Hoops 1 Happens: On Ways of Seeing and Being in Basketball
Here are the ways of seeing and being in basketball:
I call “Hoops 1” everything that pertains to basketball as a manifestation of integrated human capacities exercised in such a way as to produce beauty and good.
I call “Hoops 2” the web of economic forces, media myths and conventions, and social ways of seeing and investing in fictive categories such as race, class, gender, ethnicity and geography that attaches itself to “Hoops 1.”
“Hoops 1” simultaneously aspires to gain access to and rebels against, feeds and is nourished by “Hoops 2”.
“Hoops 2” simultaneously feeds and feeds off, facilitates and imprisons, disseminates and contains, unleashes and restrains the energies of “Hoops 1.”
“Hoops 1” compromises with and routinely – just by the natural force of its own inexorable movement – shatters “Hoops 2,” brings it to crisis.
“Hoops 1” invents, improvises and creates. In this it transmits style and life in the way that in breathing we transmit air: as something that does not belong to us but that passes through is, we transform, and then let go and send back into the world for another.
“Hoops 2” calculates, moralizes, judges, and punishes. In this it transmits repetition and mechanical predictability in the way that a clockworks transmits Newtonian physics: as a lifeless object programmatically limited to the slavish manifestation of fundamental principles fed into it.
“Hoops 1” is a complex system. “Hoops 2” is a cliché.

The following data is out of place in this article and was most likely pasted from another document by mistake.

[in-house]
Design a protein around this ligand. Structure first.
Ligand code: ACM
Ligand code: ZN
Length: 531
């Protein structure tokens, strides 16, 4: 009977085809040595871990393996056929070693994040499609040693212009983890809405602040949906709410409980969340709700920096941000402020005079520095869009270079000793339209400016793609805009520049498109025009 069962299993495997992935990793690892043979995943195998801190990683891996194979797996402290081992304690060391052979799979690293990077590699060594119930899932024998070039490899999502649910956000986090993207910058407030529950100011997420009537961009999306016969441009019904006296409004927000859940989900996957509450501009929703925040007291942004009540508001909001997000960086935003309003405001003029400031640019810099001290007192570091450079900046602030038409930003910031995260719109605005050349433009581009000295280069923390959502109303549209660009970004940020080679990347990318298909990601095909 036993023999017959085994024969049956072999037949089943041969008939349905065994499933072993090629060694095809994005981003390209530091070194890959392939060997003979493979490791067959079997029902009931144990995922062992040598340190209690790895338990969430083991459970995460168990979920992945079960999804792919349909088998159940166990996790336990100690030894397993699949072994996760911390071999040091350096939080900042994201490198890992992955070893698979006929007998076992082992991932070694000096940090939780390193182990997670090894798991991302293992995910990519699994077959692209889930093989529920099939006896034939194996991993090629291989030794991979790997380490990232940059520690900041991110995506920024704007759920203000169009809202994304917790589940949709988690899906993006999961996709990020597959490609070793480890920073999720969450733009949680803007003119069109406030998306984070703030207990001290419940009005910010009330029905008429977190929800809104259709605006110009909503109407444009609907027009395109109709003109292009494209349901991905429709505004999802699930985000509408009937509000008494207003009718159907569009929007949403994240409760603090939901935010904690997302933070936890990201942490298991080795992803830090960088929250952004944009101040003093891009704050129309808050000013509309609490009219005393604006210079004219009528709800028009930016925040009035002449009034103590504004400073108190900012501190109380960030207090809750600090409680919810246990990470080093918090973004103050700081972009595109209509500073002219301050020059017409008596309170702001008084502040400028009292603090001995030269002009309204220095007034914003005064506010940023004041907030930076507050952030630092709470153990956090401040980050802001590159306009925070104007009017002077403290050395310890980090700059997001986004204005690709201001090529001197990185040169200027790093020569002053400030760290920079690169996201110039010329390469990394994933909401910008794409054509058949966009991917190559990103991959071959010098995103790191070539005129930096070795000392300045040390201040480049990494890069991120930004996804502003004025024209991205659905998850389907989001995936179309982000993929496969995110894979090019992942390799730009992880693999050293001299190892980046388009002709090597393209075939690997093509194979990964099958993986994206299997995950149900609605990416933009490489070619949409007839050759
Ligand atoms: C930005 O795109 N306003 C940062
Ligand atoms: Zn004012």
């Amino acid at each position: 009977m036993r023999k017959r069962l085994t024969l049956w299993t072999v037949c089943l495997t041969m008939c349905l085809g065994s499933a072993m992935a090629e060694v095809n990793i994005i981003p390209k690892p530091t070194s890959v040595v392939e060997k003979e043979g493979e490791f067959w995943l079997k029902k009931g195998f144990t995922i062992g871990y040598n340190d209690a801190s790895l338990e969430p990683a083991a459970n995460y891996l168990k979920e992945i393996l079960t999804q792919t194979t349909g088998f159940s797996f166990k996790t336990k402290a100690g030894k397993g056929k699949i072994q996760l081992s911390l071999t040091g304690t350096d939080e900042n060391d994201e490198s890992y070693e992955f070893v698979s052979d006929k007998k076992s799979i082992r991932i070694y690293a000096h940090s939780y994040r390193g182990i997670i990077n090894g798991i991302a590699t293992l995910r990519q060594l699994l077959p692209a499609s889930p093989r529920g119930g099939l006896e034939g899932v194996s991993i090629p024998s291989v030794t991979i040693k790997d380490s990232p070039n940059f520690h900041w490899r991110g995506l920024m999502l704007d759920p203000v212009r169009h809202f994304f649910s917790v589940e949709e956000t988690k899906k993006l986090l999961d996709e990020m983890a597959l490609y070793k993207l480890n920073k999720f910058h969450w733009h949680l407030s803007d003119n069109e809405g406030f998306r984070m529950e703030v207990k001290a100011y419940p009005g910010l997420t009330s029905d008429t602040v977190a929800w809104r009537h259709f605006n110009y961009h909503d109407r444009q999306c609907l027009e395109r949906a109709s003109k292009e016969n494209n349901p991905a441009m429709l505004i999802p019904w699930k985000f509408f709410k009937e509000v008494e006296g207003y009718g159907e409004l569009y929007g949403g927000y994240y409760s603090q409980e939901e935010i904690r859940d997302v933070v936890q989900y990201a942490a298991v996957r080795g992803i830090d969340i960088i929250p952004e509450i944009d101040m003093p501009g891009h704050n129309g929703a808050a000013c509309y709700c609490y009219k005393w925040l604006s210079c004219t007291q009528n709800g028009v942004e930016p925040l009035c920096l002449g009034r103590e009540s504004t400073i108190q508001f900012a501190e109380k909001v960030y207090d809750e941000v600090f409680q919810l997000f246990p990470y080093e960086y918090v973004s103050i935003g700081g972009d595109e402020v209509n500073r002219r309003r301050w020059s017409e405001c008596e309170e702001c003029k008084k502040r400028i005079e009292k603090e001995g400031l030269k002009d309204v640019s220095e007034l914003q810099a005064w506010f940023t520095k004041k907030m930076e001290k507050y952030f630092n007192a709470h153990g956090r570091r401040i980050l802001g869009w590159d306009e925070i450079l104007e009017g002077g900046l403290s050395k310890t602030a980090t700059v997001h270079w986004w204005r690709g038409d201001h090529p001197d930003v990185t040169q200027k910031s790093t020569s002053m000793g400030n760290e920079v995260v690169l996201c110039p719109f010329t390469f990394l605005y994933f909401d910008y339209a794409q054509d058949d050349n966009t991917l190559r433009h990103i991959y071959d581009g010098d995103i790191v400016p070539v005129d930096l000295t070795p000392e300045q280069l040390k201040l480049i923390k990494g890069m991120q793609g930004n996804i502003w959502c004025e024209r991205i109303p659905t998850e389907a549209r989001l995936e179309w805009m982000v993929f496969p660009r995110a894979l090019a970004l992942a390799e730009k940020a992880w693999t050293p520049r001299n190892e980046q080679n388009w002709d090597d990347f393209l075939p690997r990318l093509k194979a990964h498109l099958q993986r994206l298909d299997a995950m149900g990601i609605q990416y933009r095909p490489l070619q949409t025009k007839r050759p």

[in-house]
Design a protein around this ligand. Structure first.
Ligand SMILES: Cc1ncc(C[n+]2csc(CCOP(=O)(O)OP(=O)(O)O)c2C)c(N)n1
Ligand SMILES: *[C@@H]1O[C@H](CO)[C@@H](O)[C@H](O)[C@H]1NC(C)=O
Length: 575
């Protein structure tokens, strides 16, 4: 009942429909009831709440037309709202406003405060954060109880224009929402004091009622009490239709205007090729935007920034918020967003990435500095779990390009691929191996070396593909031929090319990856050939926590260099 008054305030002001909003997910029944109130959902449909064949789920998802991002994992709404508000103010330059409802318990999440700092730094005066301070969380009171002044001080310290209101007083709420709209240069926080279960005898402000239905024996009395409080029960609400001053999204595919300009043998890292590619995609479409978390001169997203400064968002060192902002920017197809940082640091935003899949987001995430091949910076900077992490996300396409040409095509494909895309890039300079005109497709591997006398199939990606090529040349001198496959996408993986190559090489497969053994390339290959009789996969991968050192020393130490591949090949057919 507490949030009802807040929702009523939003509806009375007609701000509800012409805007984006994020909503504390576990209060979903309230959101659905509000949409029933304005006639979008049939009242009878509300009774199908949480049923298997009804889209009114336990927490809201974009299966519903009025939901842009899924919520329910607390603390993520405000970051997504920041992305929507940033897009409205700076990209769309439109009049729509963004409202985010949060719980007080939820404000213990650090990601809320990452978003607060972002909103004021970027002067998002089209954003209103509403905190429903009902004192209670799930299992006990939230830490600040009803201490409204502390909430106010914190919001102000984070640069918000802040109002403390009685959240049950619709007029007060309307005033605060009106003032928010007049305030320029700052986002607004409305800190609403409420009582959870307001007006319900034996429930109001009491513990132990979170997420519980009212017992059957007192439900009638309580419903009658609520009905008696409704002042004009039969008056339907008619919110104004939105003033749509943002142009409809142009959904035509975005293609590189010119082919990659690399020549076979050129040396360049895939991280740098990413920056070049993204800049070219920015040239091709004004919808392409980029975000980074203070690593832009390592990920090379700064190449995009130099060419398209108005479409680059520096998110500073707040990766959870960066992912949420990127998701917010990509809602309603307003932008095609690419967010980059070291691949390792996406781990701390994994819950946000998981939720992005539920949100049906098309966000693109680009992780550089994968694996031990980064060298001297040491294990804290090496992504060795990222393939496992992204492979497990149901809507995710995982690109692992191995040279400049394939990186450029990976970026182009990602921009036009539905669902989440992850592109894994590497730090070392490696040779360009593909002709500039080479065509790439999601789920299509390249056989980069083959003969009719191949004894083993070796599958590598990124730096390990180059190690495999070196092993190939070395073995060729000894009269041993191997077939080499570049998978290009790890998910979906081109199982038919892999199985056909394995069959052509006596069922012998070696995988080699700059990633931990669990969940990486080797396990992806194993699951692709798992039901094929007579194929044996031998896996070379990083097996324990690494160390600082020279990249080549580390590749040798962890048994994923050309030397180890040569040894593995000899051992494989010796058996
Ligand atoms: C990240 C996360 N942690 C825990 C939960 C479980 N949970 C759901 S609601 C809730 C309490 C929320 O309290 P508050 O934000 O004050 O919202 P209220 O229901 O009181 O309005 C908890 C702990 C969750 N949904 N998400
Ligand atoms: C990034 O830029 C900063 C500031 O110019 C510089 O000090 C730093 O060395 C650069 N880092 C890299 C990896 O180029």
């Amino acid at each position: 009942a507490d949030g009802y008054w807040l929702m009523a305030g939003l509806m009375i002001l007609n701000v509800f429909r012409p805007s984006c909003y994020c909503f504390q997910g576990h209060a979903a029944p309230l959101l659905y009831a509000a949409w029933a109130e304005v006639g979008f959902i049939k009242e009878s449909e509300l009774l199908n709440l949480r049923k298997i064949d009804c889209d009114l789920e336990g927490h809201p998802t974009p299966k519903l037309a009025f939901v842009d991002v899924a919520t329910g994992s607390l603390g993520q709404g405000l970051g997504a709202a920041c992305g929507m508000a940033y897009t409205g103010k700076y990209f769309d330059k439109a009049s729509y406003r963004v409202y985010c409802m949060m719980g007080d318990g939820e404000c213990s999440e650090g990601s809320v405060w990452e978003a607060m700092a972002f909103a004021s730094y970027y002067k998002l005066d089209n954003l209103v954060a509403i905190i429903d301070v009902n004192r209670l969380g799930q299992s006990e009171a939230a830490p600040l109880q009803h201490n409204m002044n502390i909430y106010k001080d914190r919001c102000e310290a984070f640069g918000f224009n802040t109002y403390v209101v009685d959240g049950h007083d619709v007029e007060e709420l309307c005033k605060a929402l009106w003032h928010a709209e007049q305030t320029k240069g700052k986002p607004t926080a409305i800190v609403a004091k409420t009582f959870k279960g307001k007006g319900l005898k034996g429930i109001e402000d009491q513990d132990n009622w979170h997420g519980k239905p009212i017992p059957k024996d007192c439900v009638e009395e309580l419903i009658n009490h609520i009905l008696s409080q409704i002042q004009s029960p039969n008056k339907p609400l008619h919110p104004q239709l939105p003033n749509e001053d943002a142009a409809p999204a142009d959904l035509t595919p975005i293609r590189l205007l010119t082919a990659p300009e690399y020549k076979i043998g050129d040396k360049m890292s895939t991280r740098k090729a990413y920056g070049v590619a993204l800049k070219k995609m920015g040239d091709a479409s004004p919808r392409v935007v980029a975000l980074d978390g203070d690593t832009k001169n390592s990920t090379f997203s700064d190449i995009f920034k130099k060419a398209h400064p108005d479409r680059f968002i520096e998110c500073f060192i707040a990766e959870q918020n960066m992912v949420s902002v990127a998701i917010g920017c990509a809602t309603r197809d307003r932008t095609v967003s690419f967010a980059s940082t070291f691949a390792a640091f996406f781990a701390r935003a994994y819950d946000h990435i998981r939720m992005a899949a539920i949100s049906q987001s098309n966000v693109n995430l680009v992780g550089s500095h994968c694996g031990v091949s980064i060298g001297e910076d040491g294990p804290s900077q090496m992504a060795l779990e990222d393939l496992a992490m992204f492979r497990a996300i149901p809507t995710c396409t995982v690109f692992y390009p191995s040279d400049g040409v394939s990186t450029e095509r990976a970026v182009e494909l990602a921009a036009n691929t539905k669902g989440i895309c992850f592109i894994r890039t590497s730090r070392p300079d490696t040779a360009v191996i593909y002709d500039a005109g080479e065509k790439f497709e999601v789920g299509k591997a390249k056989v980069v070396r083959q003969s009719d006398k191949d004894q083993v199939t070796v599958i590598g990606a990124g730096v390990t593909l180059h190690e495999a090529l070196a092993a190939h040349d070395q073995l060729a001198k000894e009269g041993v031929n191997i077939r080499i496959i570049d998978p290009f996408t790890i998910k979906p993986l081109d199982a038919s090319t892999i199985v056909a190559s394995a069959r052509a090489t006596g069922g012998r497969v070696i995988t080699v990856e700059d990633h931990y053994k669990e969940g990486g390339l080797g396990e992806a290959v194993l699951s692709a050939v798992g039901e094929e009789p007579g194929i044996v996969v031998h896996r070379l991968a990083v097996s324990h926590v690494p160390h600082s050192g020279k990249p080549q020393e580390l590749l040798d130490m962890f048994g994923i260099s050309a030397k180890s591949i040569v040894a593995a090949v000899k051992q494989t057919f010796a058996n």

“Hoops 1” happens. “Hoops 2” is.
“Hoops 1” happens when we see the 1970s New York Knicks flick the ball quickly to one another tracing complex trails that are not predetermined but rather emerge adaptively through split second individual and collective decisions in response to rapidly evolving given conditions.
“Hoops 2” is when the 1970s New York Knicks are hailed as: the denizens of a lost basketball Eden, an instance of basketball overcoming racial misunderstanding and conflict in society, the most perfect team ever, an example of playing the right way, or in some other way as the essence of pure basketball.
“Hoops 1” happens when Michael Jordan, with a selfish competitiveness bordering on maniacal cruelty, sets the league and the game ablaze with his unprecedented athleticism and ability to score at will in his rookie season.
“Hoops 2” is Michael Jordan narcissistically grasping for power to gratify his ego as General Manager and player for the Washington Wizards between 2001 and 2003 and as owner of the Charlotte Bobcats during the 2011 owner lockout.
“Hoops 1” happens when LeBron James decides “to take his talents to South Beach.”
“Hoops 2” is when LeBron James agrees to turn this decision into “The Decision.”
“Hoops 1” happens when Rasheed Wallace shouts “Ball don’t lie” during a free throw, like a kid on a playground.
“Hoops 2” is when a referee ejects him from doing so, like a playground monitor.
“Hoops 1” happens when five teenagers utterly revolutionize the game and the culture, galvanizing a generation.
“Hoops 2” is when the institution they represented shamefully hides away the banners they earned, silencing a conversation.
“Hoops 2” imprisons the life in the game.
“Hoops 1” happens when our way of playing, experiencing, thinking, talking, or writing about basketball helps free the life in the game from what imprisons it.